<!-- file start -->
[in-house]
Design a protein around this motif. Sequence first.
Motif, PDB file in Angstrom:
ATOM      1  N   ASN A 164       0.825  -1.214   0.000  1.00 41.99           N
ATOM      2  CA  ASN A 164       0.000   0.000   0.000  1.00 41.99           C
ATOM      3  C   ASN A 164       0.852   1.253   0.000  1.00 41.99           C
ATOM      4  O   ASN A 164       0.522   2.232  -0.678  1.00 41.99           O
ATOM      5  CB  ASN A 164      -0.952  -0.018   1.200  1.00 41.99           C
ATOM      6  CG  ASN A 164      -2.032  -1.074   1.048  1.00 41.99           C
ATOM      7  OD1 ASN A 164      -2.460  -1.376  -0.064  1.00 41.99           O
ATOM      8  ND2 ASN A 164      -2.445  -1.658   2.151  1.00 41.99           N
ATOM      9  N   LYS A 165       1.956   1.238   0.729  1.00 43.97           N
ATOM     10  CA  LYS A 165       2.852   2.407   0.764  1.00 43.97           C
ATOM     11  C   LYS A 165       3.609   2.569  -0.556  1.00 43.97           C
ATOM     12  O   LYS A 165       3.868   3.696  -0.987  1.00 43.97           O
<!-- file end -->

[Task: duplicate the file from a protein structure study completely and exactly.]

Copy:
[in-house]
Design a protein around this motif. Sequence first.
Motif, PDB file in Angstrom:
ATOM      1  N   ASN A 164       0.825  -1.214   0.000  1.00 41.99           N
ATOM      2  CA  ASN A 164       0.000   0.000   0.000  1.00 41.99           C
ATOM      3  C   ASN A 164       0.852   1.253   0.000  1.00 41.99           C
ATOM      4  O   ASN A 164       0.522   2.232  -0.678  1.00 41.99           O
ATOM      5  CB  ASN A 164      -0.952  -0.018   1.200  1.00 41.99           C
ATOM      6  CG  ASN A 164      -2.032  -1.074   1.048  1.00 41.99           C
ATOM      7  OD1 ASN A 164      -2.460  -1.376  -0.064  1.00 41.99           O
ATOM      8  ND2 ASN A 164      -2.445  -1.658   2.151  1.00 41.99           N
ATOM      9  N   LYS A 165       1.956   1.238   0.729  1.00 43.97           N
ATOM     10  CA  LYS A 165       2.852   2.407   0.764  1.00 43.97           C
ATOM     11  C   LYS A 165       3.609   2.569  -0.556  1.00 43.97           C
ATOM     12  O   LYS A 165       3.868   3.696  -0.987  1.00 43.97           O